Hong Kong
 
hkskyline's Avatar
 
Join Date: Sep 2002
Posts: 86,491
Likes (Received): 17804

政府死撐填海建灣仔繞道
23 October 2008
東方日報

【東方日報專訊】爭議多年的中環灣仔繞道工程有新進展。土木工程拓展署最近完成主幹道興建方式的研究,堅持採用不論永久及臨時填海面積均最大的隧道方案進行工程,捨棄填海面積較小的天橋方案。有立法會議員炮轟政府堅持填海,無回應法庭要求重新修訂計劃,十分離譜,促請政府研究加強鐵路網絡,紓緩交通問題。

拖延近十年的中環灣仔繞道由於涉及填海,引起環保團體不滿,今年初高等法院裁定保護海港會反對中環灣仔繞道臨時填海工程的司法覆核勝訴,當時法官在判詞中明確指出海港是公眾及大自然的資產,即使是臨時填海亦須受《保護海港條例》約束,除非政府有凌駕性的公眾需要才可進行,政府亦須諮詢公眾。而當局年底會完成中環灣仔繞道和東區走廊連接路的諮詢工作。

走線不設「零填海」

不過,政府在重新研究中環灣仔繞道走線後,訂定主幹道應沿灣仔和銅鑼灣海岸走線,並無「零填海」方案,兩個興建主幹線方案均涉及填海,當局更指填海範圍最大的隧道方式最可行。

根據政府提供的資料,隧道方式涉及永久填海面積共達十二點八公頃,涉及範圍包括灣仔會展西面部分、會展中心水道、灣仔沿岸及北角沿岸的土地,並需於填海零點一公頃興建樁帽和防護柱墩,以興建在北角接駁東區走廊的高架主幹路,填海的面積較天橋方案多兩成半。

由於主幹道的隧道將伸延至銅鑼灣避風塘及前公眾貨物裝卸區海床下,兩處亦需於施工階段臨時填海四點九公頃,以隧道方式進行的臨時填海,面積亦較天橋方案多出一點五公頃。

隧道營運費多一截

此外,隧道方案建築費達二百億元也較天橋方案多出八成,每年營運費用總額亦達一億一千萬元,同樣較天橋方案高;隧道方案建造時間長達七年,較天橋方案需時多一年。

雖然隧道方案填海面積多、建築成本又高,但土木署認為天橋會覆蓋及影響水面的面積,海港受影響的面積達六點六公頃,遠較隧道多,而且會佔用海旁用地,影響海濱長廊計劃,而且天橋方案不獲公眾支持,因此認為隧道方案最可取。

一直反對政府填海的立法會議員何秀蘭批評政府並無正視法庭的意見,盡力保護海港,堅持採用填海面積最大的建造方案。她認為隧道方案會影響海床及水流,造成生態影響,而天橋方案亦會影響市民享用海濱長廊,她認為政府應研究其他辦法,如考慮加強鐵路網絡。
__________________
Hong Kong Photo Gallery - Click Here for the Hong Kong Galleries

World Photo Gallery - | St. Petersburg, Russia | Pyongyang | Tokyo | Istanbul | Dubai | Shanghai | Mumbai | Bangkok | Sydney

New York, London, Prague, Iceland, Rocky Mountains, Angkor Wat, Sri Lanka, Poland, Myanmar, and much more!
hkskyline no está en línea   Reply With Quote
Old October 23rd, 2008, 03:25 PM   #559
EricIsHim
Registered User
 
Join Date: Jun 2003
Location: Hong Kong
Posts: 4,397
Likes (Received): 28

Blah Blah Blah.... just build that damn underwater bypass and everyone will be happy.
__________________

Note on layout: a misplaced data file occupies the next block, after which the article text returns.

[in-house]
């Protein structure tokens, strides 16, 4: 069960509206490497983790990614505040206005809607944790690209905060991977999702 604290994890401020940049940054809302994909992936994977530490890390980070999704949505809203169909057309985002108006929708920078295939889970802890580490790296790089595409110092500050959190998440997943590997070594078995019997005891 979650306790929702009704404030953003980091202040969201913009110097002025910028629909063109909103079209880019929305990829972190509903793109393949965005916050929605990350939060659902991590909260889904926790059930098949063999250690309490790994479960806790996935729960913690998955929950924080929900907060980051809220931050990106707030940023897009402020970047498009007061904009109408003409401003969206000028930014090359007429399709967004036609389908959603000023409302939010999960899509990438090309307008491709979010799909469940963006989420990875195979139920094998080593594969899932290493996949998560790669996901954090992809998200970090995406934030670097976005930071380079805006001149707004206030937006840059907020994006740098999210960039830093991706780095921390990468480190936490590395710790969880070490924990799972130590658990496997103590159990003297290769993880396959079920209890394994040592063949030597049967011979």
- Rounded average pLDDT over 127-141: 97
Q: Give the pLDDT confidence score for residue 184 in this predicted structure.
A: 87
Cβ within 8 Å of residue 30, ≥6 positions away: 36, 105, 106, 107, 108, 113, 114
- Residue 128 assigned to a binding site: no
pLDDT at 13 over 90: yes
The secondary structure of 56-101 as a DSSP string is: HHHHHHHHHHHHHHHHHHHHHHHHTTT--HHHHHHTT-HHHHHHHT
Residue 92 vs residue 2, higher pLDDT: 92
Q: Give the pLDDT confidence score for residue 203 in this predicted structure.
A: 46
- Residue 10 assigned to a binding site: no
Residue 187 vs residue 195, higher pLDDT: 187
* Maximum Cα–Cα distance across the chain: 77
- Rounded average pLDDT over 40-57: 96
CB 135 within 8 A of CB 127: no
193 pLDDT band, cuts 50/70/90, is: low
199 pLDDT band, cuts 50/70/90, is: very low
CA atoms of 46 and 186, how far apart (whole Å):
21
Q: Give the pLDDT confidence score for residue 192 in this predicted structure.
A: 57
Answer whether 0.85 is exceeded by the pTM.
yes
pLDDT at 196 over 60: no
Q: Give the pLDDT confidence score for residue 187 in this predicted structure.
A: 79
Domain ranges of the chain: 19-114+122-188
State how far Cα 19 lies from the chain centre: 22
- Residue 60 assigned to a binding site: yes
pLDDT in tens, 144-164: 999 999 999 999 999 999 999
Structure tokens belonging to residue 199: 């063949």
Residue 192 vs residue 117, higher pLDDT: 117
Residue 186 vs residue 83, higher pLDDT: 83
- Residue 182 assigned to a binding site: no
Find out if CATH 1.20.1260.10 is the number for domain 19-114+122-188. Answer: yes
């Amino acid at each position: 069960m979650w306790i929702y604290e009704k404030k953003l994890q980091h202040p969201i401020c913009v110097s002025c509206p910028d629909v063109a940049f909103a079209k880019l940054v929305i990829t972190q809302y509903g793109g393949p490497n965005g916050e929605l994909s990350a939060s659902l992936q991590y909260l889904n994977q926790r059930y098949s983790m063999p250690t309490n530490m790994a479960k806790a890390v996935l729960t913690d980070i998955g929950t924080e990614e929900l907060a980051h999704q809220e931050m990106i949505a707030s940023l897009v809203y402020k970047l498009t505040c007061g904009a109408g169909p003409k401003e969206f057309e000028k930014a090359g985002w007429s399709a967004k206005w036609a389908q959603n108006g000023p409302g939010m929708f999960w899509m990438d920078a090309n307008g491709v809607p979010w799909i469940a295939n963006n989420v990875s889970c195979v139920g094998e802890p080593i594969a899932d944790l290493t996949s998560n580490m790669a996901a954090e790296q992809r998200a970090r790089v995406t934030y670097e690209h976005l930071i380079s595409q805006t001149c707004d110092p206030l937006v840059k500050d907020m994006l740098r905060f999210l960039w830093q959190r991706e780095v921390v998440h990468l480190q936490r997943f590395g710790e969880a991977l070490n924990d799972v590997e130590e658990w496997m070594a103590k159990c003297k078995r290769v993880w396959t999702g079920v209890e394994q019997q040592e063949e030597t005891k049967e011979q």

EricIsHim
My PhotoBucket
EricIsHim no está en línea   Reply With Quote
Old October 23rd, 2008, 04:02 PM   #560
dajumper
status imminent
 
Join Date: Nov 2005
Location: London
Posts: 254
Likes (Received): 5

Soon we'll all be able to walk from Kowloon to Central!
__________________
"Travelling somewhere, could be anywhere. There's a coldness in the air but i don't care... We drift deeper, life goes on. We drift deeper, into the sound..."
dajumper no está en línea   Reply With Quote


Reply

Thread Tools

Posting Rules
You may not post new threads
You may not post replies
You may not post attachments
You may not edit your posts

BB code is On
Smilies are On
[IMG] code is On
HTML code is Off

Related topics on SkyscraperCity


All times are GMT +2. The time now is 11:23 AM.


Powered by vBulletin® Version 3.8.11 Beta 4
Copyright ©2000 - 2017, vBulletin Solutions Inc.
Feedback Buttons provided by Advanced Post Thanks / Like (Pro) - vBulletin Mods & Addons Copyright © 2017 DragonByte Technologies Ltd.

vBulletin Optimisation provided by vB Optimise (Pro) - vBulletin Mods & Addons Copyright © 2017 DragonByte Technologies Ltd.

SkyscraperCity ☆ In Urbanity We trust ☆ about us | privacy policy | DMCA policy

Hosted by Blacksun, dedicated to this site too!
Forum server management by DaiTengu